- Series: Cambridge Series in Statistical and Probabilistic Mathematics
- Hardcover: 440 pages
- Publisher: Cambridge University Press; 4 edition (August 30, 2010)
- Language: English
- ISBN-10: 0521765390
- ISBN-13: 978-0521765398
- Product Dimensions: 8.5 x 1.2 x 10 inches
- Shipping Weight: 2.1 pounds (View shipping rates and policies)
- Average Customer Review: 40 customer reviews
- Amazon Best Sellers Rank: #134,635 in Books (See Top 100 in Books)
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Probability: Theory and Examples (Cambridge Series in Statistical and Probabilistic Mathematics) 4th Edition
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"This book is also an excellent resource. Several interesting and concrete examples are presented throughout the textbook, which will help novices obtain a better understanding of the fundamentals of probability theory."
Ramesh Garimella, Computing Reviews
"The best feature of the book is its selection of examples. The author has done an extraordinary job in showing not simply what the presented theorems can be used for, but also what they cannot be used for."
Miklos Bona, SIGACT News
This classic introduction to probability theory for beginning graduate students covers laws of large numbers, central limit theorems, random walks, martingales, Markov chains, ergodic theorems, and Brownian motion. It is a comprehensive treatment concentrating on the results that are the most useful for applications. Its philosophy is that the best way to learn probability is to see it in action, so there are 200 examples and 450 problems. The new edition begins with a short chapter on measure theory to orient readers new to the subject.
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Top customer reviews
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Being done with the class, I now find the book an excellent reference - it is a very concise presentation of the material.
I recommend this book if you're a student in a graduate-level class or if you're already familiar with the material. But if you want to teach yourself, this book is too difficult a starting point.
As a textbook, it also fails because it never really explains the purpose of the theory he is discussing. This is probably the worst mathematics book I have ever read. (I am currently a 2nd year PhD student and my undergraduate degree is in Mathematics).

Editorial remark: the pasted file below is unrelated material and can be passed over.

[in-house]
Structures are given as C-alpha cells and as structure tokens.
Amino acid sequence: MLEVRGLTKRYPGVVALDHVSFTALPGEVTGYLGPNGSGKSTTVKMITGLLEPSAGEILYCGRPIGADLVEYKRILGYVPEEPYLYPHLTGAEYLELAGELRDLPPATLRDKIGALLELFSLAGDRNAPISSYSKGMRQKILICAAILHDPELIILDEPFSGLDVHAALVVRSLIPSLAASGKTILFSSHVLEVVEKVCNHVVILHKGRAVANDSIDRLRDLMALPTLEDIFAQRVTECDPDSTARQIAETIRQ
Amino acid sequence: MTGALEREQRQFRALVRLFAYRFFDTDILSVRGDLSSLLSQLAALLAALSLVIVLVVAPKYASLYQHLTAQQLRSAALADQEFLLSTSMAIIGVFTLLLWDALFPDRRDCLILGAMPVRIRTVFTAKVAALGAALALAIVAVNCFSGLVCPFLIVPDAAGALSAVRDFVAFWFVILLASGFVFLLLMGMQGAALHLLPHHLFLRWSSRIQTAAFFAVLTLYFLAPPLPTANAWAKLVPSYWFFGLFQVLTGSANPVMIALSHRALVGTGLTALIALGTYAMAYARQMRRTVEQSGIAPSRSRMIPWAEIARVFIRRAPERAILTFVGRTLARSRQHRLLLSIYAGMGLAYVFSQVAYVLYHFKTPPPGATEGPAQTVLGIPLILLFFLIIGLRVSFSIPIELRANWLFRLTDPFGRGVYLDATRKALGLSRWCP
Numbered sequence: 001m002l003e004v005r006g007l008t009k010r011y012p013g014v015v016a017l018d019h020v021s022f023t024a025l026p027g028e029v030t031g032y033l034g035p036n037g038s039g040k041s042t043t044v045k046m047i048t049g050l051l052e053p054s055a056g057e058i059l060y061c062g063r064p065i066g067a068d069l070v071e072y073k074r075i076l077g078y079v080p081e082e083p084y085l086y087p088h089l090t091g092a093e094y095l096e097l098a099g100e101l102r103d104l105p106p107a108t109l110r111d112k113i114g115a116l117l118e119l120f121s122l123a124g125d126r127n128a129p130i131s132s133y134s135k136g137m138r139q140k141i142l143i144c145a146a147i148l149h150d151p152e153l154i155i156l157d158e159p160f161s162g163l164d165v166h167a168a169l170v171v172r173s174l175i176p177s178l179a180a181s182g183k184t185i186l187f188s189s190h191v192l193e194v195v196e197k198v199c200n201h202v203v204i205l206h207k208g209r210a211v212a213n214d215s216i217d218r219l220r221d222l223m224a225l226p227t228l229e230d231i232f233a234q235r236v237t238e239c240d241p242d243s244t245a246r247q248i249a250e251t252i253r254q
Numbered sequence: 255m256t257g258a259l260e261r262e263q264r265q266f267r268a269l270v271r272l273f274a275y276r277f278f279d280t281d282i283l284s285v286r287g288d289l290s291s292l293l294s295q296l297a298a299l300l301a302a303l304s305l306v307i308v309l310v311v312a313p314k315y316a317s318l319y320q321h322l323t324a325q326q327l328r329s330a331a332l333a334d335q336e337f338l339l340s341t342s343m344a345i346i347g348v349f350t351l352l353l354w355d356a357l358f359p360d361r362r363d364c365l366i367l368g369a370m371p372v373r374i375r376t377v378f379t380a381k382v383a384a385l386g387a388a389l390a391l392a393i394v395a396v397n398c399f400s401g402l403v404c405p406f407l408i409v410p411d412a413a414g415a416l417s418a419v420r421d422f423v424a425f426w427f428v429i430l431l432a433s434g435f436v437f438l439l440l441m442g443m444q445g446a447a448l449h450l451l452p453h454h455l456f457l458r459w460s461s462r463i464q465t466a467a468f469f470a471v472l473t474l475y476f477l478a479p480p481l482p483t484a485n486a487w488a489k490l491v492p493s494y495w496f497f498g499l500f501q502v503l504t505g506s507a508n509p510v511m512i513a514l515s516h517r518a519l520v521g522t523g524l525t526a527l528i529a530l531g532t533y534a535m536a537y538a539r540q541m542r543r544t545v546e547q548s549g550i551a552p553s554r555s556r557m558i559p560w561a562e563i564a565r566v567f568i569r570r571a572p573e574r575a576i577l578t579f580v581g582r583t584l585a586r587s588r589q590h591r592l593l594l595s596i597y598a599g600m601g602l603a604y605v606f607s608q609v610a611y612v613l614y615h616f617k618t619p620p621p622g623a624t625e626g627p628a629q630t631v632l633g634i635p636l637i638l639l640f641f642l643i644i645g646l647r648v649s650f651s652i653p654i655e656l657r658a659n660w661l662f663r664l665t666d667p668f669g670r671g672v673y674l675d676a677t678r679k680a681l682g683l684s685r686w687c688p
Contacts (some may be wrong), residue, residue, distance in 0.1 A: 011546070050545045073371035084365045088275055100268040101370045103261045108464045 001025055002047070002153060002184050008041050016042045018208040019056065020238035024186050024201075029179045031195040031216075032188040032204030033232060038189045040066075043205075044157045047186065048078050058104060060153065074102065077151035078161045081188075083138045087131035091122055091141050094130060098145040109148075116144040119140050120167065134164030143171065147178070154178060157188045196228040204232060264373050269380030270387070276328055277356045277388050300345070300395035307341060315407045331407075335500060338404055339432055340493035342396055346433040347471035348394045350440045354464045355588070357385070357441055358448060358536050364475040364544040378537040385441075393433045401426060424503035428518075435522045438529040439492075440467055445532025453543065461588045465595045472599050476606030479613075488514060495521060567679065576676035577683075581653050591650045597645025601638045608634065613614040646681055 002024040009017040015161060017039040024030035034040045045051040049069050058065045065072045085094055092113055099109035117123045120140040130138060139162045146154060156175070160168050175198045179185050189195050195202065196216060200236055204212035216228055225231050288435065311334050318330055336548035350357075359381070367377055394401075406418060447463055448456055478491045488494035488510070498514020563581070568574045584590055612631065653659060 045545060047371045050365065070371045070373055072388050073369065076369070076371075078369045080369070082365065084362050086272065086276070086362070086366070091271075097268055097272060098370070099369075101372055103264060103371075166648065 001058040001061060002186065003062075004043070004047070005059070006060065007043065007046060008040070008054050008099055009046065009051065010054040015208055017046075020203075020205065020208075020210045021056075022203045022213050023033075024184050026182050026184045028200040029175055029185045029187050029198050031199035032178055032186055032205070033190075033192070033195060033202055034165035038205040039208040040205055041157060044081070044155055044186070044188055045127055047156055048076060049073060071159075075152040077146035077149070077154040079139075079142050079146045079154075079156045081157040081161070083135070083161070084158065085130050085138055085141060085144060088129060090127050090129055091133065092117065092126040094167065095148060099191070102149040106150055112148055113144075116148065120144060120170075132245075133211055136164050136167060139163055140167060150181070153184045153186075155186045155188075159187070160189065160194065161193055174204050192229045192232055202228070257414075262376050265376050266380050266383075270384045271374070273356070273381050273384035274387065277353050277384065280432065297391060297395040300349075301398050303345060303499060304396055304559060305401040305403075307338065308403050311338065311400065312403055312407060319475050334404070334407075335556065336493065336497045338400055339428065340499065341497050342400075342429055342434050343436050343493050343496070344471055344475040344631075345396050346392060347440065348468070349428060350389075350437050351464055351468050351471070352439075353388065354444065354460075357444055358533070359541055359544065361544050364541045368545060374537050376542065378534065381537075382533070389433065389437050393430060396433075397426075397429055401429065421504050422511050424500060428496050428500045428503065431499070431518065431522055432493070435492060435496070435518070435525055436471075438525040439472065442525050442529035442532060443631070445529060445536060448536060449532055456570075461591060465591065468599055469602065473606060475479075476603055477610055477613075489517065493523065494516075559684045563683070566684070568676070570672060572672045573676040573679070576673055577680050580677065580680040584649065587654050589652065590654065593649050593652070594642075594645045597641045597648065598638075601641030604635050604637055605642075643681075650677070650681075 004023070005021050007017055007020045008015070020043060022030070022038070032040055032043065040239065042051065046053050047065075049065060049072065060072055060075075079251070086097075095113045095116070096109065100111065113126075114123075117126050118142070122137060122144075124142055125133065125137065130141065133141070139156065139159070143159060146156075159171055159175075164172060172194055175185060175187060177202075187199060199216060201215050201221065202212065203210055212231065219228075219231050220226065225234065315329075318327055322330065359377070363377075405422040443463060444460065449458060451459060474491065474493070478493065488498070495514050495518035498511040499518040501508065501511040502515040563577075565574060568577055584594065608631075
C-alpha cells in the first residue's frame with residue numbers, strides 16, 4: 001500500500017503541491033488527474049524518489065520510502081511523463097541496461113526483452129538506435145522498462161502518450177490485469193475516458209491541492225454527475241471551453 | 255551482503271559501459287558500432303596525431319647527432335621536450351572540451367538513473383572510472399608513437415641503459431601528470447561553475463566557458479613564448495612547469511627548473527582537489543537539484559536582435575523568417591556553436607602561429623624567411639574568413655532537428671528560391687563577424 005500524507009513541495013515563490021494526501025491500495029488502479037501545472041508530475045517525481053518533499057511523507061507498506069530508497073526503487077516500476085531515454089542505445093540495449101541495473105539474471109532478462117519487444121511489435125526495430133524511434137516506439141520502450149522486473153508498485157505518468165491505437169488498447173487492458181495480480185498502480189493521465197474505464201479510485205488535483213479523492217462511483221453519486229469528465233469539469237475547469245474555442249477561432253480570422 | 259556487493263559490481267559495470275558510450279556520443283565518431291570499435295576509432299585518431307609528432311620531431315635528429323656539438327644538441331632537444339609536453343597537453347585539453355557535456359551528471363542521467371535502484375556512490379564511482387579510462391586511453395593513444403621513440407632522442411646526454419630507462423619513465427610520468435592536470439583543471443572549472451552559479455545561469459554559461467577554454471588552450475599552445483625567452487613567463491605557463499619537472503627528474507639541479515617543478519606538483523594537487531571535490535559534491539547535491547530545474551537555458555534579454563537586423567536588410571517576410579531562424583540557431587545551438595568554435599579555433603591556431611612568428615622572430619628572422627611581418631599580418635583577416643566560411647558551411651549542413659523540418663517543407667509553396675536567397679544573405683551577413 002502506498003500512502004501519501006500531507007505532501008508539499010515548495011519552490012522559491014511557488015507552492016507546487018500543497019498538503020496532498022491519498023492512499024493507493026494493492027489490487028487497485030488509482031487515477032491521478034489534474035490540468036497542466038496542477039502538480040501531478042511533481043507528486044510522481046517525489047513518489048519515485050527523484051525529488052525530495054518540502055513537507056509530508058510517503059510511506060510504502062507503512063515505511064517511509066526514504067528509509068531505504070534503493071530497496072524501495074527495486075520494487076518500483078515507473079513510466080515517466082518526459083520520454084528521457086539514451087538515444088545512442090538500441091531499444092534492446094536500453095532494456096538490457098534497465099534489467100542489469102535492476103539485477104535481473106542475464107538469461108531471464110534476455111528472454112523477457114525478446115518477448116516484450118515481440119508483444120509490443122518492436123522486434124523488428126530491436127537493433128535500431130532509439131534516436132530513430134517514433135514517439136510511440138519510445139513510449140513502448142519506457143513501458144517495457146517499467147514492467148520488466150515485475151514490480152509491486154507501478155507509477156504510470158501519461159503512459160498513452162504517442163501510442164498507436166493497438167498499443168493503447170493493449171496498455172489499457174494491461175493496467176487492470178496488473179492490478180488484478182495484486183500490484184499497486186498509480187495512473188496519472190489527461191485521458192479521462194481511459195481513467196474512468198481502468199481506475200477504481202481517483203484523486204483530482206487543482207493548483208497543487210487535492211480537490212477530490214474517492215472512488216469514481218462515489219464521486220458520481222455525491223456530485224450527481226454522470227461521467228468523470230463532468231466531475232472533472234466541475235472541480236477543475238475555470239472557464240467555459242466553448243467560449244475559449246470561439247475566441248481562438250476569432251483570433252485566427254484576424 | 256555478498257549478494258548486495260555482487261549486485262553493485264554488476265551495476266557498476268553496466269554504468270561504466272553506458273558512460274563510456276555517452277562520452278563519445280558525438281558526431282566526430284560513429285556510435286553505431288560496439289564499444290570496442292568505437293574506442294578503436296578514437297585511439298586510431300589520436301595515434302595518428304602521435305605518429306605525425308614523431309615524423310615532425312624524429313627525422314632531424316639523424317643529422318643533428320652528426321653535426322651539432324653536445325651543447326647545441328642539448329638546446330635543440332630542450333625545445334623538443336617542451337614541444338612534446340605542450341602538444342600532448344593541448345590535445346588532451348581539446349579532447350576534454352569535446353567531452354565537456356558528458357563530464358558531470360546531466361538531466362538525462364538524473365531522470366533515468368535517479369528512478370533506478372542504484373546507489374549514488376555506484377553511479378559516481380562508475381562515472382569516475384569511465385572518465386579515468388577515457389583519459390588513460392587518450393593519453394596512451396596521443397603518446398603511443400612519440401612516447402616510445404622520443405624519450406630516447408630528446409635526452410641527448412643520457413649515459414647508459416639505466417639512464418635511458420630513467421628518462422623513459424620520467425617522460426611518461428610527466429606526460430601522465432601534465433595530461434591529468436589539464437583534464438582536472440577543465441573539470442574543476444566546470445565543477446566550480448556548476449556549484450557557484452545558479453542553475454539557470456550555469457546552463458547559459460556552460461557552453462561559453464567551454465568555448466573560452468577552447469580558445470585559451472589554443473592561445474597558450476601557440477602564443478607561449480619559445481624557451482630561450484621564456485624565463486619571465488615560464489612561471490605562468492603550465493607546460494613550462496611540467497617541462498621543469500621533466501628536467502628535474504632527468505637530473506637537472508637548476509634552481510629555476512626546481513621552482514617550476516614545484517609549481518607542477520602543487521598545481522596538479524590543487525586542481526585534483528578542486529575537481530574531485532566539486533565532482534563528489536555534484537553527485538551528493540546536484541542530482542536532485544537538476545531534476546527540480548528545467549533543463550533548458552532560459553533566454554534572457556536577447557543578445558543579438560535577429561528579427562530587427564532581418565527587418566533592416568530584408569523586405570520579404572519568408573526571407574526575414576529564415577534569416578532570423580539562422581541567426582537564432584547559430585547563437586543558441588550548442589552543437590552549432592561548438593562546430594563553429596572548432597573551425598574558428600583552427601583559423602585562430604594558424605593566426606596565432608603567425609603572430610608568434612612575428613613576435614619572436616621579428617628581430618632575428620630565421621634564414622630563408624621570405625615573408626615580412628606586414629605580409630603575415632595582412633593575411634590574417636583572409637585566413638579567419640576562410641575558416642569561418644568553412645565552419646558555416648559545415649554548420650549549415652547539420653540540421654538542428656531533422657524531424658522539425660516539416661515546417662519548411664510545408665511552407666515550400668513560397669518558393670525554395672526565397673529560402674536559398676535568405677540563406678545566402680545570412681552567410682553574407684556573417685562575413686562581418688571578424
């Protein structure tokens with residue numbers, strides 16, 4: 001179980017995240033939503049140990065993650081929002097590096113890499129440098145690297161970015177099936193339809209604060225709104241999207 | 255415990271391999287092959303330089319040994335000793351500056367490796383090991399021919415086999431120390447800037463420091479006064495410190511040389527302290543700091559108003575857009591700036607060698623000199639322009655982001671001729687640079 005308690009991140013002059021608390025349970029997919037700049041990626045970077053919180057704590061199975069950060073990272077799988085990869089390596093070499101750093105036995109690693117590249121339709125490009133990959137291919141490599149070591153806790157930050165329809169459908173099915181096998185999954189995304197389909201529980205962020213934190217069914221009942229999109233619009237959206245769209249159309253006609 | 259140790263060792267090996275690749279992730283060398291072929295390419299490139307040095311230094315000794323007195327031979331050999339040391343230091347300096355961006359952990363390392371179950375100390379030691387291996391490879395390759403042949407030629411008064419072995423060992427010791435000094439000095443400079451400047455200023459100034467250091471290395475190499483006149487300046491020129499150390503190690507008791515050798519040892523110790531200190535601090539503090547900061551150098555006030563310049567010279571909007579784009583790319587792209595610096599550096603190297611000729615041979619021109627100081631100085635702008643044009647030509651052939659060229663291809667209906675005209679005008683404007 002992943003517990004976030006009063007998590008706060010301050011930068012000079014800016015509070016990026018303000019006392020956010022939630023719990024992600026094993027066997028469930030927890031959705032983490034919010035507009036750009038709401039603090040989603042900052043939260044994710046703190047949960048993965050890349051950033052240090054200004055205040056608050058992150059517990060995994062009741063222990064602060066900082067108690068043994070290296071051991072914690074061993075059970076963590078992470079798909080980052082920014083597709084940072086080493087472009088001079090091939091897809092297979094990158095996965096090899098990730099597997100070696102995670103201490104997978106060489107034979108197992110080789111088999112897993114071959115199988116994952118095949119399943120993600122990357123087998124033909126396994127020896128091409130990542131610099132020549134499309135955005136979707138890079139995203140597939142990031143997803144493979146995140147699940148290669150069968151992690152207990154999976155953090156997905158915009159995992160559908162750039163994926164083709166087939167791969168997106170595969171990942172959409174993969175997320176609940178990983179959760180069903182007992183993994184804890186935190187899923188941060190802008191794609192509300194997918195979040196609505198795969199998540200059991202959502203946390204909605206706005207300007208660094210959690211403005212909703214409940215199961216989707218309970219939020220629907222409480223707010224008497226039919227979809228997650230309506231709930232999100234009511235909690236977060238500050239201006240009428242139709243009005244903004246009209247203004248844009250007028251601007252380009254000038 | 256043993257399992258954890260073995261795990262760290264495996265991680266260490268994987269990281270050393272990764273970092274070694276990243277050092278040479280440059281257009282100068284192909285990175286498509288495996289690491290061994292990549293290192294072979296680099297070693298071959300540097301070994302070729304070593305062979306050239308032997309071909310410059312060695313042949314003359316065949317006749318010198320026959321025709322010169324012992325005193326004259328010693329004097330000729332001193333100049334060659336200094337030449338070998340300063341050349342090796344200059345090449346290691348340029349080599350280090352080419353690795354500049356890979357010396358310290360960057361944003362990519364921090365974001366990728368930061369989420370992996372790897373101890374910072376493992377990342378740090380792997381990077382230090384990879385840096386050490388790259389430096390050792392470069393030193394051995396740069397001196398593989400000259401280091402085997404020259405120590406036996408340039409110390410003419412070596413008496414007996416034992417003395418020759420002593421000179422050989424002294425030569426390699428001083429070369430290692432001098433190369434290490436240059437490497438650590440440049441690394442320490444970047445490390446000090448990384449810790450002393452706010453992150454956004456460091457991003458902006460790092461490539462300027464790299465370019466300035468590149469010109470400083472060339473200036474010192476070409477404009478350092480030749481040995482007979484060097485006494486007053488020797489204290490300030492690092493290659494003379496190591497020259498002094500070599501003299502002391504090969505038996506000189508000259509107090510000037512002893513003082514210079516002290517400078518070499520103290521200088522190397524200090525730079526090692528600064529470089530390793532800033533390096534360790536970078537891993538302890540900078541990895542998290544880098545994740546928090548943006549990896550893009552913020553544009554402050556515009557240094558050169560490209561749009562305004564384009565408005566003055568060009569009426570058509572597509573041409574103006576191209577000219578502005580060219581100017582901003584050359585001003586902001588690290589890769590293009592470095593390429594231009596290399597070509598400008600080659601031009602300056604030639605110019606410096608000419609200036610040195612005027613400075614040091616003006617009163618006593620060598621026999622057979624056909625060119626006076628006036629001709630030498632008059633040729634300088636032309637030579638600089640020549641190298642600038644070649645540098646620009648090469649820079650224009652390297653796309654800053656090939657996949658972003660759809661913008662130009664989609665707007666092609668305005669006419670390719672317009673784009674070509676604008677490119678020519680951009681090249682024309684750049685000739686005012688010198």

The only upside of this book is that it contains some recently developed theory.
First, apparently this book contains a lot of examples. Important examples are necessary for building intuition. However, many of the examples in this book are not essential. So if you work though the examples, it's likely you will not be able to follow the flow of theorems uninterruptedly (being able to see structure of the theory is very important for me); if you skip some of the examples, it's bad because they are referenced in the some of the proofs of theorems.
Second, this book does not differentiate propositions, lemmas, corollaries, and theorems. The names of some theorems help, but they are insufficient for me to tell which ones are the main nontrivial results, i.e. the cornerstones of the theory.
Third, some of the important intuitions pop up in the middle of nowhere. For example, an important intuition (or conceptional foundation) is that sigma algebras encode information, and measurable functions (random variables) represent outcomes that are knowable based on the available information. Nowhere in this book I see this, but when discussing conditional expectation, this intuition suddenly becomes indispensable.
I don't agree with the author.
His book is only good as a reference book for those who have mastered the contents( for example, the professors who have taught probability for their entire lives and take for granted that every line in the book is trivial. If it is indeed trivial, why bother to write a book! what is a textbook for?)
For my own experience, to follow this book, I have to read everything from Billingsley's textbook!
Most recent customer reviews
The author makes implicit definitions, sometimes we have to search for something that should be trivial, and where nothing is...Read more